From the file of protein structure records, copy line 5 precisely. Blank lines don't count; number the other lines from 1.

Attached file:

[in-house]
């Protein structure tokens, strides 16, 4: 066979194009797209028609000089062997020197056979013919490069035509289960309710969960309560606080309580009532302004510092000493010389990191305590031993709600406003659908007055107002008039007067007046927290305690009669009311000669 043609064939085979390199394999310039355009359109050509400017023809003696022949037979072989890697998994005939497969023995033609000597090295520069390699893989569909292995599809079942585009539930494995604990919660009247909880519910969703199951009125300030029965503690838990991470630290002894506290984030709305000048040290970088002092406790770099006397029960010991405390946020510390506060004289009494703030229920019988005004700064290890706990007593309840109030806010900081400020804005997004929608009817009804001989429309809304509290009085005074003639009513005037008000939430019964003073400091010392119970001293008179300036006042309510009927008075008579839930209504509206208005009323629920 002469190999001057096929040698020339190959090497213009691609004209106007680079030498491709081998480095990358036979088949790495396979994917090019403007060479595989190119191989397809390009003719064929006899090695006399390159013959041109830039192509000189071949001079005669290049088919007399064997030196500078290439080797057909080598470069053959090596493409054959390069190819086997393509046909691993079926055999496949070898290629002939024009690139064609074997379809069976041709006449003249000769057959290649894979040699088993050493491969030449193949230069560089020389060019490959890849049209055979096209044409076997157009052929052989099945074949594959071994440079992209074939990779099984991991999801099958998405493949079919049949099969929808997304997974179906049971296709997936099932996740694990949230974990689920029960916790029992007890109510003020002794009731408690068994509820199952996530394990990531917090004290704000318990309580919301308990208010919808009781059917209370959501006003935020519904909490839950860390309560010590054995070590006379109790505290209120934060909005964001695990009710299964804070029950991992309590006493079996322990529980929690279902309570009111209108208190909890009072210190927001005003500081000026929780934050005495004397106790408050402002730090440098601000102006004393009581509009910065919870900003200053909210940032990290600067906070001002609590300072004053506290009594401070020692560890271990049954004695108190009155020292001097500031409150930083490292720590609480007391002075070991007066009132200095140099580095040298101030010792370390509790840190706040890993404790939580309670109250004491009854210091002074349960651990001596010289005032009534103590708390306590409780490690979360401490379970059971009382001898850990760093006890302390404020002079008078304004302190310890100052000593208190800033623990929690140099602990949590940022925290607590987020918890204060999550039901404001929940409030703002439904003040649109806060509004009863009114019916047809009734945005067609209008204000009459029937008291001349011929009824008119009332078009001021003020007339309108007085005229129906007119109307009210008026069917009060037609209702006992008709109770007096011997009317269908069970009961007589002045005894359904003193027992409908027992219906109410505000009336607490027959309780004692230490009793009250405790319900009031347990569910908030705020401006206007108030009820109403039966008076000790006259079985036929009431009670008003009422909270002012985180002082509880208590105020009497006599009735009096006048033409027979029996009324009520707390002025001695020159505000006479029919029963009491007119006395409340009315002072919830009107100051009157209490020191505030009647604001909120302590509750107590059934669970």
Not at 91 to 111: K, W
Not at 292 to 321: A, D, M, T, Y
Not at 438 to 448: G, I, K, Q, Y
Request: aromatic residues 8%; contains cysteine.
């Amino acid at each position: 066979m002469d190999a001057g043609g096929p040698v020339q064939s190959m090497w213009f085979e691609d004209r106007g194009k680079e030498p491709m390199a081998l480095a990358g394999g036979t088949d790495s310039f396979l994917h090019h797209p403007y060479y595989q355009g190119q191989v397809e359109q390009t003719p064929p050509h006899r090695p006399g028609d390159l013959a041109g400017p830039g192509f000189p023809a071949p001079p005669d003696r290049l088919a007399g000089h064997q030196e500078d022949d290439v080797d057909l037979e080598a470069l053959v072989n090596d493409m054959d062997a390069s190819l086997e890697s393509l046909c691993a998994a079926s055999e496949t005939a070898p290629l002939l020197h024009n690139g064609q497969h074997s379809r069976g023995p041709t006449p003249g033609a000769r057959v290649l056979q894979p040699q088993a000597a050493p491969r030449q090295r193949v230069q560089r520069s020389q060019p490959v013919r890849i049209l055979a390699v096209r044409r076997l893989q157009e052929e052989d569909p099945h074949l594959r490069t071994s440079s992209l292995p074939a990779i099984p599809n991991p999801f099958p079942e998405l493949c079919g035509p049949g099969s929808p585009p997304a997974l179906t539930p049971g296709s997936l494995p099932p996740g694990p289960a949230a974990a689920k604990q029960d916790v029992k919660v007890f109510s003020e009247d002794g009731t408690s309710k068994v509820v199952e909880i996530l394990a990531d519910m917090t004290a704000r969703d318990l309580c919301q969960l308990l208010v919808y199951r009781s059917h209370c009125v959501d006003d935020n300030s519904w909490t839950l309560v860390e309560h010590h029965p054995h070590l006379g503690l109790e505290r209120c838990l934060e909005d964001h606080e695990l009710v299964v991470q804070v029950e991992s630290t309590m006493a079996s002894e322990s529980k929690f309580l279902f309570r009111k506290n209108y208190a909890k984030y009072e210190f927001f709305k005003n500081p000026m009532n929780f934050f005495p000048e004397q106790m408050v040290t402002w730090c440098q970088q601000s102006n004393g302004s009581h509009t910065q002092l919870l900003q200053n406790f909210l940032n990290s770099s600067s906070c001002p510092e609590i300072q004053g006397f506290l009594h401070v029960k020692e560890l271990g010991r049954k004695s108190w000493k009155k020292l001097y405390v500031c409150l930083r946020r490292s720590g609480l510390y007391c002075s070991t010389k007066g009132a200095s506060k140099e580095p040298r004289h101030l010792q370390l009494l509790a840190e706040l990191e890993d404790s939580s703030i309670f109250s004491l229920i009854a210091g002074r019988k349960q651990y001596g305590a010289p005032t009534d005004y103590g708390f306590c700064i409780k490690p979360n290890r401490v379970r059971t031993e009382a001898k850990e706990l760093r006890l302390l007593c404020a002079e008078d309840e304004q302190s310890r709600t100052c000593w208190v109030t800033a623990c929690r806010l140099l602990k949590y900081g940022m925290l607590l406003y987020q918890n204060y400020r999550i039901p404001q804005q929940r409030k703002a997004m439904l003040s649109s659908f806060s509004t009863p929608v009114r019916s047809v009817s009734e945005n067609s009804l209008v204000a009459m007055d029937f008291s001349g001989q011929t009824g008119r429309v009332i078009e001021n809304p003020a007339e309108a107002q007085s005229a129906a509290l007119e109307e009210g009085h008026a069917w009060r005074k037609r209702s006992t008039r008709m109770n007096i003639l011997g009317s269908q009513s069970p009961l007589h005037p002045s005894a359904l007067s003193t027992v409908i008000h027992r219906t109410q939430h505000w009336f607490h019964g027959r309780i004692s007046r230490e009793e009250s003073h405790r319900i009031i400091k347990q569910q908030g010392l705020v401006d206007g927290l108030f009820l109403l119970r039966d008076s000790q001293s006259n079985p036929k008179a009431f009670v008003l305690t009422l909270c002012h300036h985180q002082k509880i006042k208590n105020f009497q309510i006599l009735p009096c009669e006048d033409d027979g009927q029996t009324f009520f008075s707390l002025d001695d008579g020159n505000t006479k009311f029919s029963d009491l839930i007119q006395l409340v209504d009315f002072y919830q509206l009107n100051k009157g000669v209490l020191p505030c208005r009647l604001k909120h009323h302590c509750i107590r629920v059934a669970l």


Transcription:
Not at 438 to 448: G, I, K, Q, Y